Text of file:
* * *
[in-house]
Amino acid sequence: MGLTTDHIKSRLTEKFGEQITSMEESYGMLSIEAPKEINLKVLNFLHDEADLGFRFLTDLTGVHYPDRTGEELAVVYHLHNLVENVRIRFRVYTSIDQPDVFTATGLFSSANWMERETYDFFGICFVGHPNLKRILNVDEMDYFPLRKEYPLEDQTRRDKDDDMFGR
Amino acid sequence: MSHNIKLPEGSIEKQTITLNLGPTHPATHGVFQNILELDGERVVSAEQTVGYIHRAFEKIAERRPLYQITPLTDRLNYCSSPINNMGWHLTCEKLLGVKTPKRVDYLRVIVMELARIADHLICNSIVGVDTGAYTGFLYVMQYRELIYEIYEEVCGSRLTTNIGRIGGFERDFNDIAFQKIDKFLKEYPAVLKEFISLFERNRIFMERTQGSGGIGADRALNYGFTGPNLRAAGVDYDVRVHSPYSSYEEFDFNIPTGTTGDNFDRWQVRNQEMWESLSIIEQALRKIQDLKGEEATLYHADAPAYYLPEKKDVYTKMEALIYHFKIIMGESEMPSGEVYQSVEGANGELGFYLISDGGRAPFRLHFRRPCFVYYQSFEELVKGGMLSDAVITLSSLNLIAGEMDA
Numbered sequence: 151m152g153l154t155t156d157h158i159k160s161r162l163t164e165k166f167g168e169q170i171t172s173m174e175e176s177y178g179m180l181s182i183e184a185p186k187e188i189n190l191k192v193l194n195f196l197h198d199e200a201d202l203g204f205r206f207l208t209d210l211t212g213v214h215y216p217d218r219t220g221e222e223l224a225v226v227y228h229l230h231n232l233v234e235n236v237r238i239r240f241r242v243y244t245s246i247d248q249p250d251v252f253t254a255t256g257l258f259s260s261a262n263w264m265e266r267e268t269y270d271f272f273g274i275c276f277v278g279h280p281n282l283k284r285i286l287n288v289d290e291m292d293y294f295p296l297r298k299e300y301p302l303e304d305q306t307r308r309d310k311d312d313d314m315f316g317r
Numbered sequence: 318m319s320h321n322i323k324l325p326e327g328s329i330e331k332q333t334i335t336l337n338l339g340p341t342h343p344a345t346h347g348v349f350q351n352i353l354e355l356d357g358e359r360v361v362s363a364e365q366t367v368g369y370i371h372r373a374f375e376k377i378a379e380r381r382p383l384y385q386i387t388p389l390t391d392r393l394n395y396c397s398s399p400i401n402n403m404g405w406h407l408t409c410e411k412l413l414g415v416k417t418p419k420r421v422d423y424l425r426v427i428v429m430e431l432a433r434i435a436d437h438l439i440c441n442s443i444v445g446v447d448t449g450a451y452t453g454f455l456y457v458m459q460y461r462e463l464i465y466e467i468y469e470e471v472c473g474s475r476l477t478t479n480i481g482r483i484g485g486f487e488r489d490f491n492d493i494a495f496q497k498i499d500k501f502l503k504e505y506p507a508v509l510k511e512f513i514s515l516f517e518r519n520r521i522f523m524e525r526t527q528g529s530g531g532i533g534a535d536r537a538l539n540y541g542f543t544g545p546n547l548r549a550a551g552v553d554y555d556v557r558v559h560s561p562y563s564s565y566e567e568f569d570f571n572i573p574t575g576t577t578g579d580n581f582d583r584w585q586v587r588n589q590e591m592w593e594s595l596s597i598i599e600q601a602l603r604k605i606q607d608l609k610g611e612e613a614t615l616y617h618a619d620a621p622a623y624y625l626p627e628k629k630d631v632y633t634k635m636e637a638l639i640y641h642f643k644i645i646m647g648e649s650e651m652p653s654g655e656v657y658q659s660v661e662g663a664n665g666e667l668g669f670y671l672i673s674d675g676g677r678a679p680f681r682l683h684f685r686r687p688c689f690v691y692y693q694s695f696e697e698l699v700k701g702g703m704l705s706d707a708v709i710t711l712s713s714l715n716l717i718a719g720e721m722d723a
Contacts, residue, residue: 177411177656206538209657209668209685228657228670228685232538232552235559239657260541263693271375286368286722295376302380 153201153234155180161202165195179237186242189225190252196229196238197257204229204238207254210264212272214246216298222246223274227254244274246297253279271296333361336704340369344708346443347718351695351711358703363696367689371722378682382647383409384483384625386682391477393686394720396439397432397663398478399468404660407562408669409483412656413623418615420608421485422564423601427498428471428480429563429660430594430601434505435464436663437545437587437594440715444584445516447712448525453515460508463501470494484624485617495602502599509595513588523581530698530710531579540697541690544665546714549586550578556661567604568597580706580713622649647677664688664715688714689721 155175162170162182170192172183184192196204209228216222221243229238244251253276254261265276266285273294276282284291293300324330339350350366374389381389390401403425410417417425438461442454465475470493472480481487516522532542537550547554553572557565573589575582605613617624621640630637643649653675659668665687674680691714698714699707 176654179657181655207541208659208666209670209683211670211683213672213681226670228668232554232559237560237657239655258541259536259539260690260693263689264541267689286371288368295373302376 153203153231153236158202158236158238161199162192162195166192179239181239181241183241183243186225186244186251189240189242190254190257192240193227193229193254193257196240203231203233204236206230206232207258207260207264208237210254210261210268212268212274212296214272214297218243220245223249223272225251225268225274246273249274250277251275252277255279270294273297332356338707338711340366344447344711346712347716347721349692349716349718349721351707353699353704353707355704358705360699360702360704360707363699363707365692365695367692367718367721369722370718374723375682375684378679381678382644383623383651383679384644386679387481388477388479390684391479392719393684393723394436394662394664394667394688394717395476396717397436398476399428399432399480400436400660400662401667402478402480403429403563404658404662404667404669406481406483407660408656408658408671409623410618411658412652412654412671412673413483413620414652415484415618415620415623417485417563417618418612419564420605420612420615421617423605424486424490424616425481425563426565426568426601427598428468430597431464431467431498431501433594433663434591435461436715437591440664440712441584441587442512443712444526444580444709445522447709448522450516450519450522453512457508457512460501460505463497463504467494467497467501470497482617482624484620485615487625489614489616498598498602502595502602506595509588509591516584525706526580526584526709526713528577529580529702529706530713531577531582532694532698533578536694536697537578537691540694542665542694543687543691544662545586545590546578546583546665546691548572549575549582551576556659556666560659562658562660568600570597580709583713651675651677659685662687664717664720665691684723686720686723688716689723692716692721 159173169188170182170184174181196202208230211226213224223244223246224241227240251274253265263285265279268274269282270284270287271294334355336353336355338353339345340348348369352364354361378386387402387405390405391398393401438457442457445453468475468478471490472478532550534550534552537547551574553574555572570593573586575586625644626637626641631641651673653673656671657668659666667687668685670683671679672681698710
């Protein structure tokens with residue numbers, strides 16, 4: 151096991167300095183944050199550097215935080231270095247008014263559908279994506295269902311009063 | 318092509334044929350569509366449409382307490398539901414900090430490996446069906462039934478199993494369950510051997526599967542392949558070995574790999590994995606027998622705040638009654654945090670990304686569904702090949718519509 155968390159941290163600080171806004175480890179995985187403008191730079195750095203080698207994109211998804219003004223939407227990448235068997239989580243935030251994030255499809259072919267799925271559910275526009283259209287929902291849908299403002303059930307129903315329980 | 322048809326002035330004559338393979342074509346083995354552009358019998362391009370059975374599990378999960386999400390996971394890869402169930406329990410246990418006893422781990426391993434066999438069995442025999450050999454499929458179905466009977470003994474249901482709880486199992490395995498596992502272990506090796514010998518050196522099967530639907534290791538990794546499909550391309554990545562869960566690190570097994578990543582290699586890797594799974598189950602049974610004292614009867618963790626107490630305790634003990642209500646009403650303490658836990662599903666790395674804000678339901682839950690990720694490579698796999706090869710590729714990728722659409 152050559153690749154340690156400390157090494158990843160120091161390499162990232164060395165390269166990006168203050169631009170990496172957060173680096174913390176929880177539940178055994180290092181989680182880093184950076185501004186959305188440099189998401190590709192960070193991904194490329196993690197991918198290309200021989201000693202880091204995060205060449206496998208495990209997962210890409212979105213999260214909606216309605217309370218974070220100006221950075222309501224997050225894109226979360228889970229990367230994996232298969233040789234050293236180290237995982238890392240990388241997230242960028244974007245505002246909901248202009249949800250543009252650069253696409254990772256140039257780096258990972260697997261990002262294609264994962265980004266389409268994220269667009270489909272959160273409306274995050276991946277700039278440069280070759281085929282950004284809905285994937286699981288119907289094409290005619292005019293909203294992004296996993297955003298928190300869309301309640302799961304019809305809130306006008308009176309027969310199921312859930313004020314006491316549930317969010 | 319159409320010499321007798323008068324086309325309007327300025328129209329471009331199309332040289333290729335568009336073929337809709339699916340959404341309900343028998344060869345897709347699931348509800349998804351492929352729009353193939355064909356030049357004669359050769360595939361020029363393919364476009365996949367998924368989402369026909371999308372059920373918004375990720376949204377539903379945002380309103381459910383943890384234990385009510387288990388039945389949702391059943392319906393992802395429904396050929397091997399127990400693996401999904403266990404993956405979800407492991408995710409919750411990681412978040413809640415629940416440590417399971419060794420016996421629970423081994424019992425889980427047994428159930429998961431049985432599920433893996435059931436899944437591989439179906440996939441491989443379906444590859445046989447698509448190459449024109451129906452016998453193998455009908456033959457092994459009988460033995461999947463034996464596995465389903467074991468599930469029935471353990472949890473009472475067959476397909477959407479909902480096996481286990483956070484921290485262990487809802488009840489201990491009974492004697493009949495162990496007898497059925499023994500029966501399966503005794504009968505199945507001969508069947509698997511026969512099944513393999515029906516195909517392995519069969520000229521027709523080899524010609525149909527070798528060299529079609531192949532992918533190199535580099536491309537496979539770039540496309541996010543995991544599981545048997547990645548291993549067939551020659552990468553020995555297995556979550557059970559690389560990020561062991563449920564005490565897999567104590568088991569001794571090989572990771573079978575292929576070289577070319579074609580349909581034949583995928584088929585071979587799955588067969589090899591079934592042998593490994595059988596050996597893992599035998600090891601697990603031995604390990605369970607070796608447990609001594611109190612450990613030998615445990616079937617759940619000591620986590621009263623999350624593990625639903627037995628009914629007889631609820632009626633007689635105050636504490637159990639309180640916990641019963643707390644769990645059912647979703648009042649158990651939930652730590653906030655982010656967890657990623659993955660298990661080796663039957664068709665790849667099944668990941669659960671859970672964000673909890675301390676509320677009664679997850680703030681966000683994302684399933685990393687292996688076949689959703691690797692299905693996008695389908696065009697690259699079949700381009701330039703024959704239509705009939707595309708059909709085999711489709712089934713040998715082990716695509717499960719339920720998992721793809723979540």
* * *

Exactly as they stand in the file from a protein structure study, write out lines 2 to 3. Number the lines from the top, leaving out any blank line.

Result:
Amino acid sequence: MGLTTDHIKSRLTEKFGEQITSMEESYGMLSIEAPKEINLKVLNFLHDEADLGFRFLTDLTGVHYPDRTGEELAVVYHLHNLVENVRIRFRVYTSIDQPDVFTATGLFSSANWMERETYDFFGICFVGHPNLKRILNVDEMDYFPLRKEYPLEDQTRRDKDDDMFGR
Amino acid sequence: MSHNIKLPEGSIEKQTITLNLGPTHPATHGVFQNILELDGERVVSAEQTVGYIHRAFEKIAERRPLYQITPLTDRLNYCSSPINNMGWHLTCEKLLGVKTPKRVDYLRVIVMELARIADHLICNSIVGVDTGAYTGFLYVMQYRELIYEIYEEVCGSRLTTNIGRIGGFERDFNDIAFQKIDKFLKEYPAVLKEFISLFERNRIFMERTQGSGGIGADRALNYGFTGPNLRAAGVDYDVRVHSPYSSYEEFDFNIPTGTTGDNFDRWQVRNQEMWESLSIIEQALRKIQDLKGEEATLYHADAPAYYLPEKKDVYTKMEALIYHFKIIMGESEMPSGEVYQSVEGANGELGFYLISDGGRAPFRLHFRRPCFVYYQSFEELVKGGMLSDAVITLSSLNLIAGEMDA